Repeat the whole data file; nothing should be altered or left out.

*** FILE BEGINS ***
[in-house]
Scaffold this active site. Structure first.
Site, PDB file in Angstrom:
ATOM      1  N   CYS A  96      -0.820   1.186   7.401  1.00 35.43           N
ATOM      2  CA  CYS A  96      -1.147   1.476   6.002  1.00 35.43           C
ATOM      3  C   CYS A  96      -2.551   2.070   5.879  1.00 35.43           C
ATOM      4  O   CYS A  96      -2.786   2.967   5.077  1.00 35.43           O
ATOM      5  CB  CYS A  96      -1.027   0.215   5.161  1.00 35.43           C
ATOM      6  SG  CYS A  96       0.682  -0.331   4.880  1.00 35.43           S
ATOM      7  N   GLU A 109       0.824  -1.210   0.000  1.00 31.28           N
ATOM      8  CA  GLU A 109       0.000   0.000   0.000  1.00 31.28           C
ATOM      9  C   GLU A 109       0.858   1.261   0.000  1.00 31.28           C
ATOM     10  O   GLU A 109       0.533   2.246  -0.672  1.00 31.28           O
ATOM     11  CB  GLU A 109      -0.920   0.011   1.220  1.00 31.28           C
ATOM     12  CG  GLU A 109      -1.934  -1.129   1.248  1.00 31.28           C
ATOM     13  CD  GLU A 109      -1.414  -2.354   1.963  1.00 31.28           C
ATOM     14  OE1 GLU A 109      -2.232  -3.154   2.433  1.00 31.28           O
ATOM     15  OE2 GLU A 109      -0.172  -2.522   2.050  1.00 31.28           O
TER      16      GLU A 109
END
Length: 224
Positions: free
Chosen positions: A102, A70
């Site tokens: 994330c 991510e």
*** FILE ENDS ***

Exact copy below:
[in-house]
Scaffold this active site. Structure first.
Site, PDB file in Angstrom:
ATOM      1  N   CYS A  96      -0.820   1.186   7.401  1.00 35.43           N
ATOM      2  CA  CYS A  96      -1.147   1.476   6.002  1.00 35.43           C
ATOM      3  C   CYS A  96      -2.551   2.070   5.879  1.00 35.43           C
ATOM      4  O   CYS A  96      -2.786   2.967   5.077  1.00 35.43           O
ATOM      5  CB  CYS A  96      -1.027   0.215   5.161  1.00 35.43           C
ATOM      6  SG  CYS A  96       0.682  -0.331   4.880  1.00 35.43           S
ATOM      7  N   GLU A 109       0.824  -1.210   0.000  1.00 31.28           N
ATOM      8  CA  GLU A 109       0.000   0.000   0.000  1.00 31.28           C
ATOM      9  C   GLU A 109       0.858   1.261   0.000  1.00 31.28           C
ATOM     10  O   GLU A 109       0.533   2.246  -0.672  1.00 31.28           O
ATOM     11  CB  GLU A 109      -0.920   0.011   1.220  1.00 31.28           C
ATOM     12  CG  GLU A 109      -1.934  -1.129   1.248  1.00 31.28           C
ATOM     13  CD  GLU A 109      -1.414  -2.354   1.963  1.00 31.28           C
ATOM     14  OE1 GLU A 109      -2.232  -3.154   2.433  1.00 31.28           O
ATOM     15  OE2 GLU A 109      -0.172  -2.522   2.050  1.00 31.28           O
TER      16      GLU A 109
END
Length: 224
Positions: free
Chosen positions: A102, A70
């Site tokens: 994330c 991510e």